Plant Available Water & Irrigation Efficiency

Increase the Water Stored in Your Soil 

Conventional sprinkler irrigation at Leafy Greens, operated by farmer Tom Heess, in the Salinas Valley of California on Thursday, June 16, 2011. Leafy Greens grows row crops of lettuce, broccoli, cauliflower sweet peas and seed beans. He uses rotational crop plantings to control weeds and plant disease. When a plot of land is at rest, he plants a cover crop of barley and rye grass because the roots hold the topsoil reducing erosion of the soil. He is converting his irrigation system from conventional sprinklers (seen) to micro irrigation. Where one system produces runoff and erosion of the soil (seen in foreground); the other has little or no erosion, less maintenance, easy harvest and less water is needed. When seasonal rains produce runoff, the silt that flows with it is caught in sediment ponds (left and right of pathway). The ponds have grass, bushes and trees to hold the structure and allow the silt to settle. Spillways lead to holding ponds and eventually the Salinas River, a tributary of the Monterey Bay National Marine Sanctuary. So far, because of its design and efficiency, no water has made it to the river. USDA Photo by Lance Cheung.
USDA Photo by Lance Cheung.

California’s drought conditions have improved, yet irrigation allocations will remain tightly regulated due to continued groundwater depletion and erratic weather. In order to cope with limited water rations, growers can benefit from testing the soil to measure water holding capacity, texture, organic matter, and other factors affecting plant available water.

 Knowing the soil’s water holding capacity and plant available water allows growers to saturate the soil to a level optimal for their goal. Plant available water is the moisture held in the soil between field capacity and permanent wilting point. The soil is said to be at “field capacity” once a saturated soil profile has fully drained. At field capacity the water left in the soil is loosely bound to pore walls by capillary action. The amount of water held at field capacity is the soil’s maximum water holding capacity. Soils reach permanent wilting point when the profile becomes so dry that plants wilt beyond recovery. Between field capacity and permanent wilting point, root suction can overcome capillary forces to extract and absorb moisture. Most of the time, growers want to irrigate just enough to facilitate plant nutrient uptake and evapotranspiration while maintaining sufficient soil aeration to support healthy roots. Growers also need to periodically flush the soil with excess water to reduce salt buildup and lower electrical conductivity in the root zone. No matter the goal, growers can achieve better irrigation accuracy by including values for water holding capacity and plant available water in their irrigation management calculations.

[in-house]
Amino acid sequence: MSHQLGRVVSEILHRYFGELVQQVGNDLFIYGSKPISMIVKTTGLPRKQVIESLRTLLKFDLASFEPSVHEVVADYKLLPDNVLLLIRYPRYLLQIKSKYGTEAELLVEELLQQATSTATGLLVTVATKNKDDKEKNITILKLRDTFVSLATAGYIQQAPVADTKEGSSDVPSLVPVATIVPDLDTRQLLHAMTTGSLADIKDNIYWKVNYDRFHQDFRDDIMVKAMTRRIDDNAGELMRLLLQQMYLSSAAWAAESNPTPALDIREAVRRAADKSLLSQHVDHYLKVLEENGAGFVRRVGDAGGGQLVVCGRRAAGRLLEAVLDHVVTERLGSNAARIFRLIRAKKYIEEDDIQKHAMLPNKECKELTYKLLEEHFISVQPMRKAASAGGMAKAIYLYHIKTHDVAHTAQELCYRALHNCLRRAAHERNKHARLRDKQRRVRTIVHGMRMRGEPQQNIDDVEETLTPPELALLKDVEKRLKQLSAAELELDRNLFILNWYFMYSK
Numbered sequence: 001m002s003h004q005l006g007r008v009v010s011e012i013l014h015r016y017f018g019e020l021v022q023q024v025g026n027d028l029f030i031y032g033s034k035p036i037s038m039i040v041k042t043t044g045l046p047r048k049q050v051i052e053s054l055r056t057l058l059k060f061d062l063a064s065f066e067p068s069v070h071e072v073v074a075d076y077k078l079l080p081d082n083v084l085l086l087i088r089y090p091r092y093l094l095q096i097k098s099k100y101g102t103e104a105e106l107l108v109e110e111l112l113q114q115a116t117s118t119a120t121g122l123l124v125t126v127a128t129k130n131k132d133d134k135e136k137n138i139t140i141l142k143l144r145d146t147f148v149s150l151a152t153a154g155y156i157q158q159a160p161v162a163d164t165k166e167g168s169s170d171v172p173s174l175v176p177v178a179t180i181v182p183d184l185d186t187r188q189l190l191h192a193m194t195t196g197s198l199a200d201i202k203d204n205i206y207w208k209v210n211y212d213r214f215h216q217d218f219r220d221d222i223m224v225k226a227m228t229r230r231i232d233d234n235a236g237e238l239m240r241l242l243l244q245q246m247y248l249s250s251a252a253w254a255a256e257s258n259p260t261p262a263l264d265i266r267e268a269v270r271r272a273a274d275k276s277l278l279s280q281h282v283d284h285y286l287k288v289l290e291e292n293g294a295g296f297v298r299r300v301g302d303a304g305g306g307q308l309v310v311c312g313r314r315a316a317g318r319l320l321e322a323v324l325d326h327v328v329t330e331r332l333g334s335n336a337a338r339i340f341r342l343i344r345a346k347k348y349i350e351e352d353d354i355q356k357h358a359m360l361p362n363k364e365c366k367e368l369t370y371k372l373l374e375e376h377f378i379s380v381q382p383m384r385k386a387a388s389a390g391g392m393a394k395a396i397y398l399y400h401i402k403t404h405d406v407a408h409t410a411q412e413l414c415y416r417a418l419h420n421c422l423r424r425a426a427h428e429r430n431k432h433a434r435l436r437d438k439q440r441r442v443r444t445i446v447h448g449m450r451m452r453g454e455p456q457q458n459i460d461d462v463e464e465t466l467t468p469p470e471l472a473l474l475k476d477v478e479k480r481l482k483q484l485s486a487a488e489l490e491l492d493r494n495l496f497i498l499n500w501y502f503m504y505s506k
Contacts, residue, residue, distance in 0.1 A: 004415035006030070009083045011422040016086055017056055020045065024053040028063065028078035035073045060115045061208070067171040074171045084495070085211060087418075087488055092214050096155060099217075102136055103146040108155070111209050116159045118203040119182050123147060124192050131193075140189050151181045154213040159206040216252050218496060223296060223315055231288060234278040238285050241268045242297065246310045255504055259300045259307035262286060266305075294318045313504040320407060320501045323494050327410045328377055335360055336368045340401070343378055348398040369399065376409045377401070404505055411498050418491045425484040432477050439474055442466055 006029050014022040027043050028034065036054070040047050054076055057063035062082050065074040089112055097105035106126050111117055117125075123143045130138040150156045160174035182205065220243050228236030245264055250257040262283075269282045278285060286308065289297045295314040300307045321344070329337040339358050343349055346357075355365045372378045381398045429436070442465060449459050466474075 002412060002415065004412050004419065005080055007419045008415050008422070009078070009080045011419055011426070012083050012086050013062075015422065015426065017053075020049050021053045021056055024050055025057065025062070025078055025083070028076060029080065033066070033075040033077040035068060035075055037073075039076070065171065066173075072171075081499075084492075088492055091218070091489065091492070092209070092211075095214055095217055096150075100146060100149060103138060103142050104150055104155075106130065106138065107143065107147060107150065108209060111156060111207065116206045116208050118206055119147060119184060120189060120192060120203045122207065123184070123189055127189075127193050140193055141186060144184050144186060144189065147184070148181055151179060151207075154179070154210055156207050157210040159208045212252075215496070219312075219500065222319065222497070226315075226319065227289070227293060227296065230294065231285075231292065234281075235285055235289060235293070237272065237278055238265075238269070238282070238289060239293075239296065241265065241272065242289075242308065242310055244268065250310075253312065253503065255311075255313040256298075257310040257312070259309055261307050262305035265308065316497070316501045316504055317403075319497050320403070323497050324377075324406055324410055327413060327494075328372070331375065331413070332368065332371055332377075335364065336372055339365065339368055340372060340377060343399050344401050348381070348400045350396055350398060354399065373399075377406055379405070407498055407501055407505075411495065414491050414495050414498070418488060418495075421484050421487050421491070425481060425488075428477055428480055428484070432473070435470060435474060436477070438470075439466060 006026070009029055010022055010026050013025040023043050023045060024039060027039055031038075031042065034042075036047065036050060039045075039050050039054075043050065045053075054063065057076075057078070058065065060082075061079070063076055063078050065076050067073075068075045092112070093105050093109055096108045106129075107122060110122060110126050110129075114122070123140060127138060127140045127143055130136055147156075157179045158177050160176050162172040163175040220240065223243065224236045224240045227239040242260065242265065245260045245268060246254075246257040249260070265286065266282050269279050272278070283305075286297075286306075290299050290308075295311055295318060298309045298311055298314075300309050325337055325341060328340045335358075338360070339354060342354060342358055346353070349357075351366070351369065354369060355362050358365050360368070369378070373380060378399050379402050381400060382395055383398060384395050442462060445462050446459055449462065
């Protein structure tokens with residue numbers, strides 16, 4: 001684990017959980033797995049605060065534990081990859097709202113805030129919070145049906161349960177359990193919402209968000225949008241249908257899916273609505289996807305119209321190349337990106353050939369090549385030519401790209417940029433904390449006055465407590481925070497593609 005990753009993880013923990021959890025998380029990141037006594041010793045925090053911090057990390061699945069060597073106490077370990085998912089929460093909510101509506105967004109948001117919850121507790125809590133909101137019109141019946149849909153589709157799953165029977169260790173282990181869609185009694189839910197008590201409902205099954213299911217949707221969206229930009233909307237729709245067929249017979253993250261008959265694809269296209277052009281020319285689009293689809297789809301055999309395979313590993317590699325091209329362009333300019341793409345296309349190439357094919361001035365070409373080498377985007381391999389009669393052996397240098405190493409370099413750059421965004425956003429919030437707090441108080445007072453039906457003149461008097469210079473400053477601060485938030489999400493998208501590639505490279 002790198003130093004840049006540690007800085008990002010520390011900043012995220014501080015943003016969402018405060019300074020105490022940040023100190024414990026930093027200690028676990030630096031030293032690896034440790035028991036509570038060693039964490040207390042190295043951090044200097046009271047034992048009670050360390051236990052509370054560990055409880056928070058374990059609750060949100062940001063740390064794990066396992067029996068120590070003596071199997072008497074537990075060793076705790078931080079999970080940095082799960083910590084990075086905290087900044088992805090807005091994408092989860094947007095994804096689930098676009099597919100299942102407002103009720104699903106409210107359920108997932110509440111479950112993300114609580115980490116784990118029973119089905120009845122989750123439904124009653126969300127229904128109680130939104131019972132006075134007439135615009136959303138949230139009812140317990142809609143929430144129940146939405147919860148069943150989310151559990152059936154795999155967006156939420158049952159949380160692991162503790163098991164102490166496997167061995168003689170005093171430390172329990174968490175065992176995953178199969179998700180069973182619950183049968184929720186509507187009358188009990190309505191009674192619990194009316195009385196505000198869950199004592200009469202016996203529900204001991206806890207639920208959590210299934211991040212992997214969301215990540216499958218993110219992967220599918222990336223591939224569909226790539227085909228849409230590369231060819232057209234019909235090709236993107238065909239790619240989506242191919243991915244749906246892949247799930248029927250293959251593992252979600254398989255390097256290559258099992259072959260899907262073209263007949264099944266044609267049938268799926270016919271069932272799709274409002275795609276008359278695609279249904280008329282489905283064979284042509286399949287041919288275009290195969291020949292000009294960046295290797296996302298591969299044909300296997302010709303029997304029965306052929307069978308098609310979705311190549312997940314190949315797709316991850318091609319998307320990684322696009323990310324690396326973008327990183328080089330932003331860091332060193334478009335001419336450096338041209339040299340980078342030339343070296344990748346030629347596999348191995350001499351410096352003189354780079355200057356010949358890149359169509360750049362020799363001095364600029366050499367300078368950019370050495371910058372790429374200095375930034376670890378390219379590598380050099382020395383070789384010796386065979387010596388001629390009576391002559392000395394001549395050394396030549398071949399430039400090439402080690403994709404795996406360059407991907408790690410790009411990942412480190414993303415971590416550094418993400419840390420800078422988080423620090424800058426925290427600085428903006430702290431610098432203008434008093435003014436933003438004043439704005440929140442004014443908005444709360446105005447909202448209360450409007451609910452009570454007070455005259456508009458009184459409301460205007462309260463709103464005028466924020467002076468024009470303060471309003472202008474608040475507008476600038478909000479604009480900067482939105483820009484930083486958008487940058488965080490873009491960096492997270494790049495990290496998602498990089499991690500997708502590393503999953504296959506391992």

What determines the soil’s Plant Available Water?